Yuk was very active in Chinese School. He and some friends came together and formed the Chinese Heritage School in 2000. Many of you probably still remember the many weekends having meeting in his house talking about the plans for establishing the school. He was actually the first chairman of the School board. Creating the Chinese Heritage School with his friends was another one of his proud accomplishments.
Unfortunately, in January 2002 Yuk was diagnosed with cancer, Nasopharyngeal Carcinoma. That time, the cancer was small. But since the cancer was deep in the middle of his head, no surgery could be done. He went through radiation and chemotherapy; and continued with different forms of treatment on and off through the years. The Cancer has remised for a short while, but it never went away. His disease, the side-effects from the treatments continued to weaken him. Even though he remained a toughest fighter, this battle with cancer just proved to be too much on him. It is the right time for him to rest and have a peaceful reconciliation with this world. Yuk leaves behind memories of how he had lived a fruitful life with passion, how he had embraced friendship with all who came in contact with him, and how he showed admirable strength and courage through the time of illness. Yuk, a beloved husband, father, brother and a good friend of many of us, is in a better place now.
Tributes by Gabriel Lau
I first met Yuk and Ann 20 years ago, on a very happy occasion at St. Peter’s Hospital in New Brunswick, where their son and our daughter were born on the very same day. I am honored to share with you a few perspectives on Yuk as a person with many talents and interests.
Let me illustrate my remarks by taking you on a tour of the home of the Li family, and describing to you how Yuk had used the various spaces in his residence.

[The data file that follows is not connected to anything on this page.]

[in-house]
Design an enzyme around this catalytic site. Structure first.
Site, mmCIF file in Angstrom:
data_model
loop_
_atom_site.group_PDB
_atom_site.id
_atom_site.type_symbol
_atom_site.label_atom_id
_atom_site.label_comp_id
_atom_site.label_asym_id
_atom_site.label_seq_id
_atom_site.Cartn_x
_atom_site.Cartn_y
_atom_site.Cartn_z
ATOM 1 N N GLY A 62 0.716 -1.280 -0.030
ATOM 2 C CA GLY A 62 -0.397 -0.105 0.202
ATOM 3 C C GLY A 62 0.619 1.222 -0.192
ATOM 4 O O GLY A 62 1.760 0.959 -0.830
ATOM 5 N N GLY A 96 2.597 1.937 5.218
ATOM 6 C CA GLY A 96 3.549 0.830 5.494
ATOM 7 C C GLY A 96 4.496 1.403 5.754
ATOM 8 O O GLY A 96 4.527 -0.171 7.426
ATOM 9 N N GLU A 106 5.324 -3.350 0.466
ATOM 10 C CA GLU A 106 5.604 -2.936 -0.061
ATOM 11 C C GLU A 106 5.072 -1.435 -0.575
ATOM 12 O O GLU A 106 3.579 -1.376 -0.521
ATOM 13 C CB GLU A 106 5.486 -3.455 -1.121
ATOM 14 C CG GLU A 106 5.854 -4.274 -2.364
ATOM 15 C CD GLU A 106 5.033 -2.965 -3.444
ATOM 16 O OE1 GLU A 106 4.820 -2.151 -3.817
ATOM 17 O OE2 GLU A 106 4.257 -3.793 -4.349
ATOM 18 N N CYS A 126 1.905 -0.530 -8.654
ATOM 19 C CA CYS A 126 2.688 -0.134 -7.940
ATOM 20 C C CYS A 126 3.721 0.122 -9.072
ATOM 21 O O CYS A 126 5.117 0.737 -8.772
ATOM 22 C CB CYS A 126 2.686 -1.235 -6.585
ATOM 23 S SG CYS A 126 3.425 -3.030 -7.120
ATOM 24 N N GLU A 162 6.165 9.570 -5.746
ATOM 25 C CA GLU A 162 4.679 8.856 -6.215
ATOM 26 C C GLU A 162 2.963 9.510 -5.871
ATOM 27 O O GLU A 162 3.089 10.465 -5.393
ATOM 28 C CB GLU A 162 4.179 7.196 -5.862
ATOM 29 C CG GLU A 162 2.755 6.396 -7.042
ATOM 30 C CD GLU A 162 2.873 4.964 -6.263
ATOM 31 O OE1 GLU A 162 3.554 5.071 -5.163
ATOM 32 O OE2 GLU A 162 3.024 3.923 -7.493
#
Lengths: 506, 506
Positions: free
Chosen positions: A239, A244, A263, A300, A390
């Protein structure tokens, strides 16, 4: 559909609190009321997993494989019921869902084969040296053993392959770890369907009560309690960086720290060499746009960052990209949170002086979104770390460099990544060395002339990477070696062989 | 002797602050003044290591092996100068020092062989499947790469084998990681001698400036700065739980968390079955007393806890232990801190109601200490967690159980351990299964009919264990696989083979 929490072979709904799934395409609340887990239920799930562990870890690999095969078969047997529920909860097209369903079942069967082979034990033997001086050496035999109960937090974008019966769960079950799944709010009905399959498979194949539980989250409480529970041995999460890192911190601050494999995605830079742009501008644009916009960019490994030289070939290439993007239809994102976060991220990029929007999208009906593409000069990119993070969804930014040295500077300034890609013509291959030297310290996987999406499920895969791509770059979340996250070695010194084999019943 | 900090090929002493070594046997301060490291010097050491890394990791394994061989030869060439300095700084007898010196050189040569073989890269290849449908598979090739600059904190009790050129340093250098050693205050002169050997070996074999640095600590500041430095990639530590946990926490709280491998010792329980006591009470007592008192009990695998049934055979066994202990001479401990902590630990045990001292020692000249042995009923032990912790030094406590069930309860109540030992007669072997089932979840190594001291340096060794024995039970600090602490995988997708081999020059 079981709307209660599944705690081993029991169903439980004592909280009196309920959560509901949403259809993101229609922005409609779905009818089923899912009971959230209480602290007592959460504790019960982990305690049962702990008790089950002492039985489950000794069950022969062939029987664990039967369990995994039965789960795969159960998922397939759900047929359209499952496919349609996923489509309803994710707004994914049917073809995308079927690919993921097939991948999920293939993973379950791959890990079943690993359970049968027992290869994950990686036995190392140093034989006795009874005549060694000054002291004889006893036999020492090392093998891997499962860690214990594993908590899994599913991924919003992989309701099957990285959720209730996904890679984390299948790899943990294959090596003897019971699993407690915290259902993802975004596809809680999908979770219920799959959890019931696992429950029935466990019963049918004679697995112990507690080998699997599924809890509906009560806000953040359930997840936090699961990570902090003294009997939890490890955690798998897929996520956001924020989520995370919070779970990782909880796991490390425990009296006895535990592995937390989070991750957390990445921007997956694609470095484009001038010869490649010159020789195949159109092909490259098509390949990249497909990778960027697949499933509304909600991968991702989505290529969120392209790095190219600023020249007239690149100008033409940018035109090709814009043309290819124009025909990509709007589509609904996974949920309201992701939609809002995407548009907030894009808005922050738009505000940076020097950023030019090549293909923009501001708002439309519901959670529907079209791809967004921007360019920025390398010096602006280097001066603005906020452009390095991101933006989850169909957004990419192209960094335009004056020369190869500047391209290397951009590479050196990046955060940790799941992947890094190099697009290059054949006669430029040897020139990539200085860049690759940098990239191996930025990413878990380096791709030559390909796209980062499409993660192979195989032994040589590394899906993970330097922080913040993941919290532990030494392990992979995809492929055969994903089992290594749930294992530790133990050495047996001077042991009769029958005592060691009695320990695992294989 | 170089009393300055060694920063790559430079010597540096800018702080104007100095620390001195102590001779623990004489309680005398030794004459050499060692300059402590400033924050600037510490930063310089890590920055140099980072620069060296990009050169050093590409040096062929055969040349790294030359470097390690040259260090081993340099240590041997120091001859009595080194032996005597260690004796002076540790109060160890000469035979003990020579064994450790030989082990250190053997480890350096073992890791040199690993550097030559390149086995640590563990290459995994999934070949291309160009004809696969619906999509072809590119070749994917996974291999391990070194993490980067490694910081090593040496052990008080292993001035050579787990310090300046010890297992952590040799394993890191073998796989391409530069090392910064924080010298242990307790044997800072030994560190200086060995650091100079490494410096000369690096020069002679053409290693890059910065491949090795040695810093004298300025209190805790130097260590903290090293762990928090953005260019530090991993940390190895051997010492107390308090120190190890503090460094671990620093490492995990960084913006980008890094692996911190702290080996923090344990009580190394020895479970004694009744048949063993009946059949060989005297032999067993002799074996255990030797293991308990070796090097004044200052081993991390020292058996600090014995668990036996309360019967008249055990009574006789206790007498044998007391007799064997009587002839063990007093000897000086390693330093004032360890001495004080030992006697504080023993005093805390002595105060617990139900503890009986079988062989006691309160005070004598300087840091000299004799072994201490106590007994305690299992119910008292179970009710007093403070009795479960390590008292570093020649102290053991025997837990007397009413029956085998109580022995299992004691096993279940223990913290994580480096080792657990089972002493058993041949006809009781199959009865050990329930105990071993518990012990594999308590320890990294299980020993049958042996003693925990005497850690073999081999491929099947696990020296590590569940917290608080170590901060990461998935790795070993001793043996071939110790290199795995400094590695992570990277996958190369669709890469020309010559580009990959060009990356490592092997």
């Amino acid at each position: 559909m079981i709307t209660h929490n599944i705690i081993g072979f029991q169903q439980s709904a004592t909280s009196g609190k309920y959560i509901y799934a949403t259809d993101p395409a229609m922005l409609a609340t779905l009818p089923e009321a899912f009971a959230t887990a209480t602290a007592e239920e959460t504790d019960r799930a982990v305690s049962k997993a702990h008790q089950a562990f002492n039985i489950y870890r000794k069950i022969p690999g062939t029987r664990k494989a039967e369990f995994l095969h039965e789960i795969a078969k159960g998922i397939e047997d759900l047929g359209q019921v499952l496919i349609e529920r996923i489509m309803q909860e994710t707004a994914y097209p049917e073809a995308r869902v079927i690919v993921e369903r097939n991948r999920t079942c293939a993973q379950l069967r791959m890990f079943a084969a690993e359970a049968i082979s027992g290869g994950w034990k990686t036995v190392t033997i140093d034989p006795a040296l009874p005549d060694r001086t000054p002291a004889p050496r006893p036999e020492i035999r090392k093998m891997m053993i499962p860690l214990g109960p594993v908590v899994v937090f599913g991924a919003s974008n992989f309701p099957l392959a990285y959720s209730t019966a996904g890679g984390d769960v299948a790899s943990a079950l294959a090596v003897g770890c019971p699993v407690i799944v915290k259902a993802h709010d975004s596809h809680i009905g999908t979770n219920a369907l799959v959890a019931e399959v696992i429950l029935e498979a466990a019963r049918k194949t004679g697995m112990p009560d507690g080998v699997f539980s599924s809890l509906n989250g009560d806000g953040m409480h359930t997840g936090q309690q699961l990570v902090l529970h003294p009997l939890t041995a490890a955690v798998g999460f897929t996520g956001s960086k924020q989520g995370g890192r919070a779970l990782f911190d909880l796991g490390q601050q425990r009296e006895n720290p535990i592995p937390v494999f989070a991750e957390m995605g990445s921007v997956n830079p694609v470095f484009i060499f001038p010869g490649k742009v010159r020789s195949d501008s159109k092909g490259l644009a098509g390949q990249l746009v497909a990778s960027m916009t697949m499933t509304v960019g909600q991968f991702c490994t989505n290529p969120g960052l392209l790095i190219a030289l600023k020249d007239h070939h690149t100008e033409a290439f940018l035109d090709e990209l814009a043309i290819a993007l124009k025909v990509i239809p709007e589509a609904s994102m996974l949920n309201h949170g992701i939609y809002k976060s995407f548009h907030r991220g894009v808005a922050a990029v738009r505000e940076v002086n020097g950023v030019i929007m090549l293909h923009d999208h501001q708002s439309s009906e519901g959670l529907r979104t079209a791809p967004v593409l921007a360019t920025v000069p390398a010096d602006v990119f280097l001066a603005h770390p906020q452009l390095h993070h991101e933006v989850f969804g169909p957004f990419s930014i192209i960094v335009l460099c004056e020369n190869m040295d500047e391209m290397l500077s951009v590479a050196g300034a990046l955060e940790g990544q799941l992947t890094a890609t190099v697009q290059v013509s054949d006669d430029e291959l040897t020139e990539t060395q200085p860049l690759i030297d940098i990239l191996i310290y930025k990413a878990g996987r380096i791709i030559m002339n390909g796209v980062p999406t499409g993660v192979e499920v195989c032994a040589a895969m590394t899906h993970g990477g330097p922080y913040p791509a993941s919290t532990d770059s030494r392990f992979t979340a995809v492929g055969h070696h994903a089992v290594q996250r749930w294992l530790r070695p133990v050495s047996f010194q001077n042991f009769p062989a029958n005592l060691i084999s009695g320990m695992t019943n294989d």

First let us go to their dining room. When I first knew Yuk, it was used as an exercise gym, with lots of weight-lifting equipment. Yuk was very much into body building in those days. This calls to mind the athletic abilities of Yuk. He jogged 2-3 miles almost every day. He was a half marathon runner. Later, as Seaver grew up, Yuk was willing to remove all the exercise equipment in his dining room, so as to clear the space for an elaborate train set for his son to play with. This shows his devotion to Seaver. Before Seaver went to elementary school, Yuk took him to the daycare facility at his workplace every day. When Seaver got interested in swimming, Yuk drove him to lessons and swim meets all the time.
We next arrive at their living room, the entire space there is taken up by a Steinway grand piano, which they have acquired so that Yuk and Seaver could learn the instrument together. It is very admirable for a man in his 40s to have the patience and tenacity to start taking piano lessons.
The kitchen has got to be Yuk’s favorite space in the house. Many of us know that Yuk is a first-rate chef, and can cook delicious Chinese and western dishes without reference to any cookbooks or recipes. I shall always retain fond memories of the many evenings of conversations over the marvelous cuisine that he had cheerfully prepared for us.
Now let us stop by the breakfast area next to the kitchen. When we visited their home and saw Yuk one last time, about 2 weeks ago, I noticed that, even with his declining health, Yuk had installed a beautiful aquarium tank in this space, and it is decorated with all kinds of tropical corals. Yuk and Ann took delight in describing to us how the body mass of these amazing creatures expands at nighttime.
Finally, we go down to the basement, where Yuk had built a photographic darkroom. Before the digital age, Yuk used to enjoy taking pictures with his film cameras, and doing the wet photo-processing himself. He has shown me some of the works coming out of his darkroom, and they are truly artistic.
By joining with me on this brief tour of the Li residence, I hope you can appreciate Yuk’s many pursuits in life, as well as his devotion to his family and his friends.
My friends, while we mourn his passing today, let us also take this occasion to celebrate Yuk’s rich and purposeful life as a human person. Let us be inspired by his example of living Life at its fullest.